Survey of 2011 Amendments to California's Mechanic's Lien Statutory Scheme and California Court Of Appeal Decisions in the Mechanic's Lien Area

Survey of 2011 Amendments to California's Mechanic's Lien Statutory Scheme and California Court Of Appeal Decisions in the Mechanic's Lien Area

Get the latest analysis on California's amendment to its Mechanic's Lien Law. In the Analysis, William M. Hensley examines the current statutory provisions and discusses how these provisions will change, effective July 1, 2012. The Analysis also examines recent California appellate court decisions on mechanic's liens. Mr. Hensley writes:

I. INTRODUCTION

     Senate Bill 189 and Assembly Bill 457 were signed into law by the California governors and chaptered, respectively, on September 30, 2010 and early August 2009. Together, they contain some of the most extensive revisions of the mechanic's lien statutes since 1969 (which really made few revisions to statutory language harkening back to an 1872 codification of this law), with a few of the revisions already effective as of January 1, 2011 under Assembly Bill 457 and the bulk of them taking effect on July 1, 2012 under Senate Bill 189. Much of this Article is devoted to a survey of these amendments and revisions to the mechanic's lien statutory scheme.

     Also, the California Courts of Appeal were busy with some interesting decisions on mechanic's liens, some published and some unpublished, during 2011. An examination of the more interesting decisions is undertaken here after surveying the change in landscape made by Senate Bill 189 and Assembly Bill 457.

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IV. SIGNIFICANT 2011 CALIFORNIA DECISION, PUBLISHED AND UNPUBLISHED, DEALING WITH THE MECHANIC'S LIEN LAW

     2011 saw some interesting case law on mechanic's lien issues, some published and others unpublished in nature. We now review some of the most noteworthy in this substantive area of California law.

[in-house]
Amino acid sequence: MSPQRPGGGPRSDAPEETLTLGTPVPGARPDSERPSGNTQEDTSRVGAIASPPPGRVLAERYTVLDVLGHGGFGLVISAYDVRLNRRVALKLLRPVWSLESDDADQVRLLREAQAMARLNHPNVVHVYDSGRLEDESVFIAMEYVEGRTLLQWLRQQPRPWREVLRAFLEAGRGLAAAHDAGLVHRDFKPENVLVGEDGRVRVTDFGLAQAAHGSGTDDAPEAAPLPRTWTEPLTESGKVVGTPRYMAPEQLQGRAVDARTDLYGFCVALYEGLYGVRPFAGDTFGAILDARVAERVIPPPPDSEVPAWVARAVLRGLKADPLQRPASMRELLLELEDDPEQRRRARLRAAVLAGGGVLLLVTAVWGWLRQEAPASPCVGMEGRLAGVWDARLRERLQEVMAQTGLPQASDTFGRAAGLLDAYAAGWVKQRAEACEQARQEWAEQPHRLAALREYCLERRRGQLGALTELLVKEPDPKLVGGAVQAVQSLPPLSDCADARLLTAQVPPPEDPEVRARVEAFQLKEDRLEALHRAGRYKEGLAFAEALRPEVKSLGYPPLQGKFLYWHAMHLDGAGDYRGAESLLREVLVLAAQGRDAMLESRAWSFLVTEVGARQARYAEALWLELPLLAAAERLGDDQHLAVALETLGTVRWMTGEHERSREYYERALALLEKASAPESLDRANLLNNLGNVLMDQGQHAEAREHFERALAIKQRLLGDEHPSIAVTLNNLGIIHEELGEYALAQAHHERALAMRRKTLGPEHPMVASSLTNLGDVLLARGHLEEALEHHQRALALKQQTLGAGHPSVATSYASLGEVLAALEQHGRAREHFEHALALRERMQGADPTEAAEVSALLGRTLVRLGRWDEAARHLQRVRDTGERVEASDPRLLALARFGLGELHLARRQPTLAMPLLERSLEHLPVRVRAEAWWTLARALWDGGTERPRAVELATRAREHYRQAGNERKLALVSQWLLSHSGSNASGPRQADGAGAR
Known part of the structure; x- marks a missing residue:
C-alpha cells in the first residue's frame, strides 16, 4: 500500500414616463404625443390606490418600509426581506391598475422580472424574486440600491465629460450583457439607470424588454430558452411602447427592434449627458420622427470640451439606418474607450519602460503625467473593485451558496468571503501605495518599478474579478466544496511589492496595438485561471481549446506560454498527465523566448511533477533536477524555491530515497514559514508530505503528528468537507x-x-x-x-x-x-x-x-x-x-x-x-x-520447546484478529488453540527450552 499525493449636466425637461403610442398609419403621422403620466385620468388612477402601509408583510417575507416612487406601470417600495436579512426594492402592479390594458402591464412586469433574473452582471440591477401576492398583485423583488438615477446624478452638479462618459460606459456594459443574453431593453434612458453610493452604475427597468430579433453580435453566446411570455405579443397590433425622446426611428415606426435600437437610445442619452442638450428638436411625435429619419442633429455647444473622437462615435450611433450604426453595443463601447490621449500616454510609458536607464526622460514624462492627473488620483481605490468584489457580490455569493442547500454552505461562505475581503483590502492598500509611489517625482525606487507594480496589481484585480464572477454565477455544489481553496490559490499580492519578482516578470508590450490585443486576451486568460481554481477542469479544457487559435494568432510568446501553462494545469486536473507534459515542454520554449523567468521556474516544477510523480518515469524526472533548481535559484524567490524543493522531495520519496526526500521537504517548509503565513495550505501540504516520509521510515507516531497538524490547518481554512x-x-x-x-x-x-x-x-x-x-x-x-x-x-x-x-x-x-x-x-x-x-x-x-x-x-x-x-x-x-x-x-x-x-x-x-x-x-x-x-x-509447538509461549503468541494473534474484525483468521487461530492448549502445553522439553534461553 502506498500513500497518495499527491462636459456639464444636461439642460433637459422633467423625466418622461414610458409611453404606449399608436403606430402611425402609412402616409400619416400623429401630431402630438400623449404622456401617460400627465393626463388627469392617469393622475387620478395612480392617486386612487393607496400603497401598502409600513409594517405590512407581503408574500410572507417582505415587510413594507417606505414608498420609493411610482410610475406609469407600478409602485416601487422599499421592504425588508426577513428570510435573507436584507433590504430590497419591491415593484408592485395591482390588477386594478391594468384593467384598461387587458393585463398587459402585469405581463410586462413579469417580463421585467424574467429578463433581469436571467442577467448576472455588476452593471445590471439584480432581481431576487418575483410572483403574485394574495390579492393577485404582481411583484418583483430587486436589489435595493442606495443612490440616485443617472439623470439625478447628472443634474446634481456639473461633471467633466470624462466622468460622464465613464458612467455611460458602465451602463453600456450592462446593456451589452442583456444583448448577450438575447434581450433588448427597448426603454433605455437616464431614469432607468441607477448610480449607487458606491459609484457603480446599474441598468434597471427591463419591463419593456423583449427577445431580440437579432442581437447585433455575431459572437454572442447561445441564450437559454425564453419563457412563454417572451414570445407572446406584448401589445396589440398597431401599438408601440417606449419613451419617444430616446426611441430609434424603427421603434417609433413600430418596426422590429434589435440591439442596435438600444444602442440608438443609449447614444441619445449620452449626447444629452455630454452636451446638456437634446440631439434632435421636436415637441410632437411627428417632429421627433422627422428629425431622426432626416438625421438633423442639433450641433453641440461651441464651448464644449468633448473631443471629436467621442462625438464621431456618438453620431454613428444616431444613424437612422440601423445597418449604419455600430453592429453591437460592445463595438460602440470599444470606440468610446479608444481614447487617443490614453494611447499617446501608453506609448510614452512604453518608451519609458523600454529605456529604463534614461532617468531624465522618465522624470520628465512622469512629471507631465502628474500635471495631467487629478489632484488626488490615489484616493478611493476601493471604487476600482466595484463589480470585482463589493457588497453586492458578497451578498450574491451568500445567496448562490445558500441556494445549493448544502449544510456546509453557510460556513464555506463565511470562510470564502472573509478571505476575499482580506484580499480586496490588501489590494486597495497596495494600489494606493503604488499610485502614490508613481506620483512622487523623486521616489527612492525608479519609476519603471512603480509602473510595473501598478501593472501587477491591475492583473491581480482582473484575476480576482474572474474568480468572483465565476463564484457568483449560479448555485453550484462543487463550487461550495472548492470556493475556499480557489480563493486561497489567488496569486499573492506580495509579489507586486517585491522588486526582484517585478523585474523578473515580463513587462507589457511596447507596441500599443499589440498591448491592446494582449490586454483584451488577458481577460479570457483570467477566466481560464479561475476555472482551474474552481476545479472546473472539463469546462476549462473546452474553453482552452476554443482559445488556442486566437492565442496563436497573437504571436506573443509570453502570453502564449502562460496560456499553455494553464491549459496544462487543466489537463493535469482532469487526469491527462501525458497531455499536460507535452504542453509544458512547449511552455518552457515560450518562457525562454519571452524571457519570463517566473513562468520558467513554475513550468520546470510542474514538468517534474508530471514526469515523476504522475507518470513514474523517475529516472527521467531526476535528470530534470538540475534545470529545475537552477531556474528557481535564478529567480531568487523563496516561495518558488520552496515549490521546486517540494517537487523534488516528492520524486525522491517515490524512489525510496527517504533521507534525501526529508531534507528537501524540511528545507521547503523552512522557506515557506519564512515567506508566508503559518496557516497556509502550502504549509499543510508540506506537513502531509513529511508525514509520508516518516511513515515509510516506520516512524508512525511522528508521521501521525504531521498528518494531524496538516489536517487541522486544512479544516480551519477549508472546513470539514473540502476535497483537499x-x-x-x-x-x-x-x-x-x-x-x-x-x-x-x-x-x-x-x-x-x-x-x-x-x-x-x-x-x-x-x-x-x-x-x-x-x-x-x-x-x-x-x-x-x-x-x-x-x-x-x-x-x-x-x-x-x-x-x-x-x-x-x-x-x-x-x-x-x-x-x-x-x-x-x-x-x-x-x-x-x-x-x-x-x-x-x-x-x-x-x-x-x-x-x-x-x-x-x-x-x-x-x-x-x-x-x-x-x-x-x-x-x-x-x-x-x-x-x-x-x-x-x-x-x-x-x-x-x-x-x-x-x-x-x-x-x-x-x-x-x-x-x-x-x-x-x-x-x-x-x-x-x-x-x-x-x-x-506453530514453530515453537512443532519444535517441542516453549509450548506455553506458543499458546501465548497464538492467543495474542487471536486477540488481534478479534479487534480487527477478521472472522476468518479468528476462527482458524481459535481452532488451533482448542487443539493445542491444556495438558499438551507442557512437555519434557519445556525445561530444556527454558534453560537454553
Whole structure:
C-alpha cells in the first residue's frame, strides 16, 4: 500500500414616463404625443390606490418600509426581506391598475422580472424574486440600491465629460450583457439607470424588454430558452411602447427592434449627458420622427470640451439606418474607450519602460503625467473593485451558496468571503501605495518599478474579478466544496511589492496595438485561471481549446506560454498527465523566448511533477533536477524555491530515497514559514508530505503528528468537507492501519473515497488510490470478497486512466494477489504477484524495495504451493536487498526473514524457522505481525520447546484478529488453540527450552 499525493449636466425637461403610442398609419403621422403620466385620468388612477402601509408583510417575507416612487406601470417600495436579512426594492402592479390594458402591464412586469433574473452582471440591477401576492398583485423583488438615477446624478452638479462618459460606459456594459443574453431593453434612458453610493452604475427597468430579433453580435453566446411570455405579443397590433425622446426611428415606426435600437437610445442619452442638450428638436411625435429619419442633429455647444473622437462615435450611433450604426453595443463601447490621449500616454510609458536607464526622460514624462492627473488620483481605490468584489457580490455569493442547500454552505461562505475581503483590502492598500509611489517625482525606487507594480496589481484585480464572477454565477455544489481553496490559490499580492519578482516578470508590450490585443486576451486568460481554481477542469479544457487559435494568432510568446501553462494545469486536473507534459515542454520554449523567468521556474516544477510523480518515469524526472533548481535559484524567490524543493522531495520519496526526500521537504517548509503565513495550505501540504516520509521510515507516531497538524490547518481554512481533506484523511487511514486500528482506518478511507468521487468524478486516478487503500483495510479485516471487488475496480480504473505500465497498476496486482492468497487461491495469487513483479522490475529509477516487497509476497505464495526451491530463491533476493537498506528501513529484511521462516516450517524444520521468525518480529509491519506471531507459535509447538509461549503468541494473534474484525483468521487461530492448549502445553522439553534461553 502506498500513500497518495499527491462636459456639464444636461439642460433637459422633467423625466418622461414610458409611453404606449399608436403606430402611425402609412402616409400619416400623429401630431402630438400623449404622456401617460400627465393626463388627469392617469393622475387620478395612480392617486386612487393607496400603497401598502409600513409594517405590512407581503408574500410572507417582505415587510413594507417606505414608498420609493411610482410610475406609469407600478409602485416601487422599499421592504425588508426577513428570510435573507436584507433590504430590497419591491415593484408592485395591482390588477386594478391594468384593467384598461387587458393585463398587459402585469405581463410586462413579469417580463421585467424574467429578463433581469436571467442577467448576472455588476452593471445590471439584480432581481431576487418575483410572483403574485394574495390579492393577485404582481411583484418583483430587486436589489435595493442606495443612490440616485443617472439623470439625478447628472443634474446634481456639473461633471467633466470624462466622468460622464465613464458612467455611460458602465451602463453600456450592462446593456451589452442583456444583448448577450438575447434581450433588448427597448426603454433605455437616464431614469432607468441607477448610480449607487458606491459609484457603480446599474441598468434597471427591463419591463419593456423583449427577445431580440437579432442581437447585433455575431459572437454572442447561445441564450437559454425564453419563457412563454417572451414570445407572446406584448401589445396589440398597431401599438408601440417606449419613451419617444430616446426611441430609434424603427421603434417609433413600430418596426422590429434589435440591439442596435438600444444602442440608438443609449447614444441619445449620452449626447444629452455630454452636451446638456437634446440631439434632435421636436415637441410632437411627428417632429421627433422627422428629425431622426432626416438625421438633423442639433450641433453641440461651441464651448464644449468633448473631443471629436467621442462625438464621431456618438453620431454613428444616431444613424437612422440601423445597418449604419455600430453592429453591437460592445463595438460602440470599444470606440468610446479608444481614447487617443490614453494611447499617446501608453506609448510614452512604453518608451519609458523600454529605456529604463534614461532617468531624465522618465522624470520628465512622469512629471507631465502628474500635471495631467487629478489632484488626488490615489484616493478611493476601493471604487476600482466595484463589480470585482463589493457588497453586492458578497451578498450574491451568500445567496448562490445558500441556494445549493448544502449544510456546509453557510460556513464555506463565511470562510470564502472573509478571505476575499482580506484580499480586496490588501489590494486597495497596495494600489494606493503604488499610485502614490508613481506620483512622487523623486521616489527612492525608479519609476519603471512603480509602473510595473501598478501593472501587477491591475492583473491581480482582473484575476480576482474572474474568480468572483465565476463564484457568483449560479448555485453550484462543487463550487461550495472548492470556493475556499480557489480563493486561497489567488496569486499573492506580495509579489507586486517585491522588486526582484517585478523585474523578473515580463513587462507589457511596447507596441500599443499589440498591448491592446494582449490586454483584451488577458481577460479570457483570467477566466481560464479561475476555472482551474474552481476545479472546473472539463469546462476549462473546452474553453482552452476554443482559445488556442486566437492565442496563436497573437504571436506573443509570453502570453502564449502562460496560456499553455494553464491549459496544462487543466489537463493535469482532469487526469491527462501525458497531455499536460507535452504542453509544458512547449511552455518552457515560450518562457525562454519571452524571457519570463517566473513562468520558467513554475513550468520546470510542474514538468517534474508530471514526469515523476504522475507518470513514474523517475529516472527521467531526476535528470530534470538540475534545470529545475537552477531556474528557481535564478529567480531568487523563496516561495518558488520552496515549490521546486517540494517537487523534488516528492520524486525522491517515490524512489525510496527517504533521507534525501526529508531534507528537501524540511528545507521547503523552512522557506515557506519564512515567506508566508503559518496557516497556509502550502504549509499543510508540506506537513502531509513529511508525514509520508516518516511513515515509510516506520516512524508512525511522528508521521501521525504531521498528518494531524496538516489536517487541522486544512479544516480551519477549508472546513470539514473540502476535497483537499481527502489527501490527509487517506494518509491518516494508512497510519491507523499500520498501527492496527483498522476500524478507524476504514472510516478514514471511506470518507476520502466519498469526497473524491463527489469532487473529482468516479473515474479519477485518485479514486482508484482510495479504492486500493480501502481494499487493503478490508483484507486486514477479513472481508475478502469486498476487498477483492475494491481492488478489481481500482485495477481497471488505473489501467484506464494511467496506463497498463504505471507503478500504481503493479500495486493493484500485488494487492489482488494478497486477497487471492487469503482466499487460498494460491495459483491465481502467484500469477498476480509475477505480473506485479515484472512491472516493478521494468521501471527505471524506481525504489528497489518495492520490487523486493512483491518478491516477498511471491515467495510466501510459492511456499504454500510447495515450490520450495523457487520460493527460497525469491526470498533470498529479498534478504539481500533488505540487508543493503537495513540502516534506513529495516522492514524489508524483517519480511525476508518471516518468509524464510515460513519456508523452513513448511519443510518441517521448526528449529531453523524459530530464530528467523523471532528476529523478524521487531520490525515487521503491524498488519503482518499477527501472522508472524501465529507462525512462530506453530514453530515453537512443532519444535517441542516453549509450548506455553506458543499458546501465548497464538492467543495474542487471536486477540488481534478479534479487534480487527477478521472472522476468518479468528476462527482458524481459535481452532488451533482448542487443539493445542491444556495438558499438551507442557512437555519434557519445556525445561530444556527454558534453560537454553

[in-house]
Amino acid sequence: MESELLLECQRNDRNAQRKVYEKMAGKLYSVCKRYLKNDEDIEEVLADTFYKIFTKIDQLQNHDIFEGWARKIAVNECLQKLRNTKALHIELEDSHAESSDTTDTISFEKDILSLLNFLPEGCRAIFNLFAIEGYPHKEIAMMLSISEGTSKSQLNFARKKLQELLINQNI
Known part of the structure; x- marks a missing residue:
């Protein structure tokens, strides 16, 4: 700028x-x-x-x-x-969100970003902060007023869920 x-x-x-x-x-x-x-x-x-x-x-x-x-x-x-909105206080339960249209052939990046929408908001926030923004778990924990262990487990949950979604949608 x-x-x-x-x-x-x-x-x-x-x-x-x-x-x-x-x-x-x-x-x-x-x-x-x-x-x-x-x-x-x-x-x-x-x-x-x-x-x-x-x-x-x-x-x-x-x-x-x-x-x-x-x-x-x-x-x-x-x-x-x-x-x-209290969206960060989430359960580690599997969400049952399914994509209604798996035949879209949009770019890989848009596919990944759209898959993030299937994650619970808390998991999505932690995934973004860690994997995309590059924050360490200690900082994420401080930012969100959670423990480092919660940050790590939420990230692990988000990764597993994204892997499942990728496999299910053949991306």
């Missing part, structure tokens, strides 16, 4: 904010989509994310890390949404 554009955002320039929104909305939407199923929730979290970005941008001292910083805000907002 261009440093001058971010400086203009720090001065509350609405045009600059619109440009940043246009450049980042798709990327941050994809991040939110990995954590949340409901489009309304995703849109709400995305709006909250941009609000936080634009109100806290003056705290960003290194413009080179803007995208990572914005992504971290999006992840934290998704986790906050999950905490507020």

Ball v. Steadfast-BLK [enhanced version available to lexis.com subscribers], starting rhetorically with the question "What's in a name?", does go on to answer the question in the context of a mechanic's lien foreclosure action where the trial court concluded that an individual contractor using an erroneous fictitious business name was unlicensed and disqualified to proceed in the foreclosure action. The subsequent judgment of dismissal of the lien foreclosure claim was reversed by the Third District Court of Appeal. This appellate court determined that the Contractors' State License Law (CSLL) allowed the individually licensed contractor to proceed because the fictitious business name is not among the categories of individuals or entities defined by the CSLL. Although the Legislature was silent about the consequences of conducting business under more than one name in one specific CSLL provision, CSLL expressly does allow for disciplinary action under another provision which does not indicate that there is a civil action penalty for violative conduct.

(footnotes omitted)

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